Everywhere I looked I saw goodness: organised, motivated, cheerful and constructive conversations. Building a free OS involves an extraordinary diversity of skills, and what’s harder is that it requires merging the contributions from so many diverse disciplines and art forms. And yet, looking around the community, we seem to have found patterns for coordination and collaboration that buffer the natural gaps between all the different kinds of activities that go on.

There are definitely things we can work on. We have to stay mindful of the fact that Ubuntu is primarily a reflection of what gets done in the broader open source ecosystem, and stay committed to transmitting their work effectively, in high quality (and high definition :-)) to the Ubuntu audience. We have to remind those who are overly enthusiastic about Ubuntu that fanboyism isn’t cool, I saw a bit of “We rock you suck” that’s not appropriate. But I also saw folks stepping in and reminding those who cross the line that our values as a community are important, and the code of conduct most important of all.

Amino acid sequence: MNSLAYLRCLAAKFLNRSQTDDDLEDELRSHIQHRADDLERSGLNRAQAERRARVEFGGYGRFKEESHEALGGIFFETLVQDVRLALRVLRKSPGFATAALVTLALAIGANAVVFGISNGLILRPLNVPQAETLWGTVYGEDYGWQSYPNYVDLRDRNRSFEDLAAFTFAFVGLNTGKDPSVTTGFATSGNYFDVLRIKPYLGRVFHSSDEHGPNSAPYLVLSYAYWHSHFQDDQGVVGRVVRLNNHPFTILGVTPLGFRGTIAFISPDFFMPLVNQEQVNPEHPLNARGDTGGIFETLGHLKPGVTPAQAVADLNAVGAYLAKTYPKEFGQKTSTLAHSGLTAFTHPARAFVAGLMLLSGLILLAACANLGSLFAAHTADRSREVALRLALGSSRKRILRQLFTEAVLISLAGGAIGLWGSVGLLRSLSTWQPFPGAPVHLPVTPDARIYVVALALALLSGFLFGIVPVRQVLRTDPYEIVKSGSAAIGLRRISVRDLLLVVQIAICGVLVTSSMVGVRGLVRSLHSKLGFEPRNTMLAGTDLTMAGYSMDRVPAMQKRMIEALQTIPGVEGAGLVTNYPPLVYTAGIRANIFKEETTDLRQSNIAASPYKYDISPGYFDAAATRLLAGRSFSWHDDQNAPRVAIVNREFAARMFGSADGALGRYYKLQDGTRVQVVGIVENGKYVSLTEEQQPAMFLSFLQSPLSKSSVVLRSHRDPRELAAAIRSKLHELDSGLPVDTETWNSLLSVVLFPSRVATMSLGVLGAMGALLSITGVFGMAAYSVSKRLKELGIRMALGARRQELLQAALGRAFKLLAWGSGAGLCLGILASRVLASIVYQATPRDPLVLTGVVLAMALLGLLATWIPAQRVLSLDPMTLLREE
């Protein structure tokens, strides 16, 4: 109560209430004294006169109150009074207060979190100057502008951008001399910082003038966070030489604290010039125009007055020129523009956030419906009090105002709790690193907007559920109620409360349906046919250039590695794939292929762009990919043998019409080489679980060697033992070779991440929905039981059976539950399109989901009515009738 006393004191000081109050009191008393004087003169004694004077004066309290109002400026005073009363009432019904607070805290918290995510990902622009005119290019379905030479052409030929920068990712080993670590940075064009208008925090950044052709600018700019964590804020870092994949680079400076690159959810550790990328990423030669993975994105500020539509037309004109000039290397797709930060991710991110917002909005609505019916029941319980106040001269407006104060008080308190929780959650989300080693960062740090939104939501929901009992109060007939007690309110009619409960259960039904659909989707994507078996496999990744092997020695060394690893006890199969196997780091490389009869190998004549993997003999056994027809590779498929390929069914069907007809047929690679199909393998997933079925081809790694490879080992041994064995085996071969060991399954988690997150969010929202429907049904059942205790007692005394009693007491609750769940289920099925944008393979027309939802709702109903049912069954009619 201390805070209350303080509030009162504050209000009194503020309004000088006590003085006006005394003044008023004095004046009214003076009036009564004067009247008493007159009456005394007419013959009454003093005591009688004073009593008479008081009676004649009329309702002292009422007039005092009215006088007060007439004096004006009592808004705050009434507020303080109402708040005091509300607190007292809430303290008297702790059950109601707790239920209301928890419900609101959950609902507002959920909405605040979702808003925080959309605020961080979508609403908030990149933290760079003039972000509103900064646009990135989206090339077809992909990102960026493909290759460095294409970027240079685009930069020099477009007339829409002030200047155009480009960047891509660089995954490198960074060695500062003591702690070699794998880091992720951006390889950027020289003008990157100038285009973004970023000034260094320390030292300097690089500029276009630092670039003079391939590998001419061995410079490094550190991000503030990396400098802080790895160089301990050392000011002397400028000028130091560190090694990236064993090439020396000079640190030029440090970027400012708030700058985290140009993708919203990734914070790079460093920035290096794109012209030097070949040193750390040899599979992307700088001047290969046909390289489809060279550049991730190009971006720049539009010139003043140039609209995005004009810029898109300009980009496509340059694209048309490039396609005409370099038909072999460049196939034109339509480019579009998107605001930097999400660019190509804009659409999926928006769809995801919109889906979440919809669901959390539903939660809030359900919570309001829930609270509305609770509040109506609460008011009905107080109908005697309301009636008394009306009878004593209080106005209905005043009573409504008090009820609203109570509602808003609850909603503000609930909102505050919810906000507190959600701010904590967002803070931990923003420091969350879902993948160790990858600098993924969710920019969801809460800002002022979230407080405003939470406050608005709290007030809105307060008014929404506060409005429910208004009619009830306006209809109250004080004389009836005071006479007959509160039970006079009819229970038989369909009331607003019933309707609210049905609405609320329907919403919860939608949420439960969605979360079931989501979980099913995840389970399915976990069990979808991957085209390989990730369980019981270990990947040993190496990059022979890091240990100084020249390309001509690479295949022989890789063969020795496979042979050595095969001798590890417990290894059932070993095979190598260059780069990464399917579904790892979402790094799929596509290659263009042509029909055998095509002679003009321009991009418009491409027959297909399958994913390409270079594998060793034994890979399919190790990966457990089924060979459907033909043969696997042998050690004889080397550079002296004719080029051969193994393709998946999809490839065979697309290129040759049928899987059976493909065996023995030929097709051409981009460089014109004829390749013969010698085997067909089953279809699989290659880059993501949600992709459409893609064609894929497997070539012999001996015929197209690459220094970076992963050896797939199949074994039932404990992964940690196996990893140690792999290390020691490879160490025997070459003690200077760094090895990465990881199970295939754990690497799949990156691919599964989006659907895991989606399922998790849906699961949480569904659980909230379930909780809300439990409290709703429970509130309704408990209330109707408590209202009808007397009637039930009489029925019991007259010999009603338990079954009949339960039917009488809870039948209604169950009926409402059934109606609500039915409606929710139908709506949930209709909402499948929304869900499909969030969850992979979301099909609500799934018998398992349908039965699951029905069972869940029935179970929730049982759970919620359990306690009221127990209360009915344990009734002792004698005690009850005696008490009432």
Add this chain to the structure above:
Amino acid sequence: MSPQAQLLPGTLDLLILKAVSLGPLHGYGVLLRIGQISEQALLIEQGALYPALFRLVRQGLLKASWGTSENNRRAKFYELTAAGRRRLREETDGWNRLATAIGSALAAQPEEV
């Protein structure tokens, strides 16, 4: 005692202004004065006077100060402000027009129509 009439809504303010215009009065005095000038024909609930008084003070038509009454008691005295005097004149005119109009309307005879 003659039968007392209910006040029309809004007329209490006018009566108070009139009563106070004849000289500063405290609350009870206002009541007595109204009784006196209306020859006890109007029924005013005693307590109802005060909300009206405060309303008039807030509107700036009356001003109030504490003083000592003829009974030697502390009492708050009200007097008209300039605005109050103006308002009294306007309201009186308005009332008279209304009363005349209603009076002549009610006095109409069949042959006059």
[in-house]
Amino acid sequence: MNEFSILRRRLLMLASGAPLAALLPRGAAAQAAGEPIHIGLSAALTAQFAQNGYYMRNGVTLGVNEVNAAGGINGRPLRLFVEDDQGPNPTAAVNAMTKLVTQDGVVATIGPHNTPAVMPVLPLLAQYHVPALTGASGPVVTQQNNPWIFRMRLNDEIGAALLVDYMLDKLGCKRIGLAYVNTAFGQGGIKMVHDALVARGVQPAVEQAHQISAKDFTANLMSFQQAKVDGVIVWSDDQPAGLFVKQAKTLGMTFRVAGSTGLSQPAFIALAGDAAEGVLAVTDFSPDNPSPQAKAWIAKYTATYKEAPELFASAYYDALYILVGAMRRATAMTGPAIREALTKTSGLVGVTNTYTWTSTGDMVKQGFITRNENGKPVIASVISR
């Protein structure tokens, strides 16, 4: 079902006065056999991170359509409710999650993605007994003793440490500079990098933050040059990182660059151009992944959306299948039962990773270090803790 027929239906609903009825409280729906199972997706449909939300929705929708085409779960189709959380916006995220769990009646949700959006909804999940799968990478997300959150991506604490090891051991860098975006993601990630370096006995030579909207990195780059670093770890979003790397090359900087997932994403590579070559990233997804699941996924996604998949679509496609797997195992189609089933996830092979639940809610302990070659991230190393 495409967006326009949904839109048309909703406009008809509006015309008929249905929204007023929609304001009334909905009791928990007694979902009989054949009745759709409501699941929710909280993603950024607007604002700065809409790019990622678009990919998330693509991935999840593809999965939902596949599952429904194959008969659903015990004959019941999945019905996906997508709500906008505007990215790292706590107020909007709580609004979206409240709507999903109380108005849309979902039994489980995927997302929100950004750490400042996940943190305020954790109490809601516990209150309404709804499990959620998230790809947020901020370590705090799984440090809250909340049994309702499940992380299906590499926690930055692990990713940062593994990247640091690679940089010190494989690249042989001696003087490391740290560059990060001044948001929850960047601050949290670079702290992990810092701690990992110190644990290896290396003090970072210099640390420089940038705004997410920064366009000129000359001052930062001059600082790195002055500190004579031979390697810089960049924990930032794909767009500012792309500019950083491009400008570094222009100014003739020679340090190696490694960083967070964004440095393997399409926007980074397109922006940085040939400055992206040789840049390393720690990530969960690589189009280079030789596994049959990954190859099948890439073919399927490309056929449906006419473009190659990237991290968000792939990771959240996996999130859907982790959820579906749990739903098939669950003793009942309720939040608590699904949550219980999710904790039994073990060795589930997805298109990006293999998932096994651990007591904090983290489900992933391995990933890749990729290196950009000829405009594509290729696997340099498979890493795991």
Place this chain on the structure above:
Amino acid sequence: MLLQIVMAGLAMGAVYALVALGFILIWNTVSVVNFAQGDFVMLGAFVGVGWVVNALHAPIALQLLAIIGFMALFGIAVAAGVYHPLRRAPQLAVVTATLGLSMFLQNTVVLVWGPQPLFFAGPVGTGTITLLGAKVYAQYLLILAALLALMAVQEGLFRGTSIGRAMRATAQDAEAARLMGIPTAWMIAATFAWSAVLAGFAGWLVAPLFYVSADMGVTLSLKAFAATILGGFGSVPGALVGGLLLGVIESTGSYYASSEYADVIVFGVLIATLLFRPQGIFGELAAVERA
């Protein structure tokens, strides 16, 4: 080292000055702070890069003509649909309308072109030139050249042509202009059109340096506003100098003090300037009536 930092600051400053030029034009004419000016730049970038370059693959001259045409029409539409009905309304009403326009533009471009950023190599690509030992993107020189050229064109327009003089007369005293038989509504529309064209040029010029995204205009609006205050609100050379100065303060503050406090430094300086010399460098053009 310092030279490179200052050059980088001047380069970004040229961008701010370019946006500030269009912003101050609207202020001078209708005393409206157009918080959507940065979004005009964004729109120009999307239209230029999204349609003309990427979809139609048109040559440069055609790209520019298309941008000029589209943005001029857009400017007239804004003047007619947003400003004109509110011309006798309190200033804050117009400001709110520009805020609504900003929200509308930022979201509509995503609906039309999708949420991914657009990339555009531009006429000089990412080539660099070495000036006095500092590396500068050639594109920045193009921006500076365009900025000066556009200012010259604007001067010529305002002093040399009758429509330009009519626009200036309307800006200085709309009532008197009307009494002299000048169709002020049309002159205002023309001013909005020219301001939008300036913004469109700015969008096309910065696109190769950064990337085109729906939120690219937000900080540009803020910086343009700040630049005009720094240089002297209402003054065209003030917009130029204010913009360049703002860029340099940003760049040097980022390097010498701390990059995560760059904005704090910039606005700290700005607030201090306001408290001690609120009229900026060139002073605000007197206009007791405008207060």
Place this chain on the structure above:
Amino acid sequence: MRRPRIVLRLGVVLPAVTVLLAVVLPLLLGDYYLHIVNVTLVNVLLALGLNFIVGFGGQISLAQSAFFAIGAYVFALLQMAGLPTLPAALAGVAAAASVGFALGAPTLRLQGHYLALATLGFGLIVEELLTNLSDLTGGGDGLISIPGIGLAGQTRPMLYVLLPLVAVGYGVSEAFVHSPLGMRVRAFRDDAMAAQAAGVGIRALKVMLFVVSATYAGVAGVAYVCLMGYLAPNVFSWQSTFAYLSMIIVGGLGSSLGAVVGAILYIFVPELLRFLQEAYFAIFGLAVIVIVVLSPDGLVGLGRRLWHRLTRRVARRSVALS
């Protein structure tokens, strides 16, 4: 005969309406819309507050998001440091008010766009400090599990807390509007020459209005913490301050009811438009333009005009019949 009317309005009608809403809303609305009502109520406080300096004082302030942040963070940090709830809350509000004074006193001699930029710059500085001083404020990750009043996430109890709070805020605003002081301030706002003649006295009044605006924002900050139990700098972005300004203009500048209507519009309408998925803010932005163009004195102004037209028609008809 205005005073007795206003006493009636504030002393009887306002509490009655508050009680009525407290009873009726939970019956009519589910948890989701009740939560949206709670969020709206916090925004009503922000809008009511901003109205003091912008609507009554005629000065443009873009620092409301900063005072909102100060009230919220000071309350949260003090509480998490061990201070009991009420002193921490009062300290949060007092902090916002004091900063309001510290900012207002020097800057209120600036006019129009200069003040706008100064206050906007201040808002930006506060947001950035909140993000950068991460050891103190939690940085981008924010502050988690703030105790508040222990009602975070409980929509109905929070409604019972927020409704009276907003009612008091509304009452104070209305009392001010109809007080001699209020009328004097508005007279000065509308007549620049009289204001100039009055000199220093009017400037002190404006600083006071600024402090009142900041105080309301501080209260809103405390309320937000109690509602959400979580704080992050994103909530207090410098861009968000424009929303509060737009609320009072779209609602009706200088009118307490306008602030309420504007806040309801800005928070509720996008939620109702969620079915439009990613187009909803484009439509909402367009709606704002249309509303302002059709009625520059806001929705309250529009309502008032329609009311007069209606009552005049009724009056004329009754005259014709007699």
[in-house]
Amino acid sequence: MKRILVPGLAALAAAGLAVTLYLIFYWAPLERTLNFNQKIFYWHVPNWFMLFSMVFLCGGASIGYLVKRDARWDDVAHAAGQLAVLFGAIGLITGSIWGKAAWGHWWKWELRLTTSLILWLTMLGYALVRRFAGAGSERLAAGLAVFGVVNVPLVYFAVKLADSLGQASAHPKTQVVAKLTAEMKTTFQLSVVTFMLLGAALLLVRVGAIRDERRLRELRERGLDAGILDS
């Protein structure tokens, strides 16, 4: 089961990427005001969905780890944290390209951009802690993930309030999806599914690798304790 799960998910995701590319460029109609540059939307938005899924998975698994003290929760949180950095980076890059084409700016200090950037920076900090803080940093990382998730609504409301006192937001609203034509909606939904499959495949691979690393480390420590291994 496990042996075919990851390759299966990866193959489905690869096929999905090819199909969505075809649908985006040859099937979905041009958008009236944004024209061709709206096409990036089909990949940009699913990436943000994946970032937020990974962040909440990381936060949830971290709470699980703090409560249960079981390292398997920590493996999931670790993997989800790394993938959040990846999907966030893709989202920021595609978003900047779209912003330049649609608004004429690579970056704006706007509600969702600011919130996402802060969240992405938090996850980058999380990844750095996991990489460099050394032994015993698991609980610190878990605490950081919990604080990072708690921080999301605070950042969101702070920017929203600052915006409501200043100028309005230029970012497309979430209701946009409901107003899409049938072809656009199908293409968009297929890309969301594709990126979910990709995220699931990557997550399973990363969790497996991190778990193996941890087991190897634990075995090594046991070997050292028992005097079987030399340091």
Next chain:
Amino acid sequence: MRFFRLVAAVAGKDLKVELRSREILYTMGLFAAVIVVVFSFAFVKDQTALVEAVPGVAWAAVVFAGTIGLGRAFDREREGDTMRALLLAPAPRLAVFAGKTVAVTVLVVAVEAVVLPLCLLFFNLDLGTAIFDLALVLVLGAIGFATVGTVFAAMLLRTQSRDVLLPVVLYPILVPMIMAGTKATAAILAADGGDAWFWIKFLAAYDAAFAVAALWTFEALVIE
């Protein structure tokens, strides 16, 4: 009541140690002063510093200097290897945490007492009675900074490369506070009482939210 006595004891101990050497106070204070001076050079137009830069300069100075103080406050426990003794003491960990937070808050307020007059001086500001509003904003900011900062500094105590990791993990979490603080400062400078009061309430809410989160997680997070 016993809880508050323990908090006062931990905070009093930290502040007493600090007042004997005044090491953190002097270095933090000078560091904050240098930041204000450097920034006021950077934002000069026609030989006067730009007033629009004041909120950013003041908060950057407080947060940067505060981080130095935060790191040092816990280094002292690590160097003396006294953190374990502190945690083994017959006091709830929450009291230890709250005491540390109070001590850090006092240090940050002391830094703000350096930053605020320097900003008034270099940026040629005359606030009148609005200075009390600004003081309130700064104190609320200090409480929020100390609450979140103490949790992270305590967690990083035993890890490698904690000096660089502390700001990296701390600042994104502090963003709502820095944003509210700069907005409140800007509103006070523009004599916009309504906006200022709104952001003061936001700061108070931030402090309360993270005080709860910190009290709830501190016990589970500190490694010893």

So I have a very big THANK YOU for everyone. This is our most valuable achievement: making Ubuntu a great place to get stuff done that has a positive impact on literally millions of people. Getting that right isn’t technical, but it’s hard and complex work. And that’s what makes the technical goodness flow.

In particular, I’d like to thank those who have stepped into responsibilities as leaders in large and small portions of our Ubuntu universe. Whether it’s organising a weekly newsletter, coordinating the news team, arranging the venue for a release party, reviewing translations from new translators in your language, moderating IRC or reviewing hard decisions by IRC moderators, planning Kubuntu or leading MOTU’s, the people who take on the responsibility of leadership are critical to keeping Ubuntu calm, happy and productive.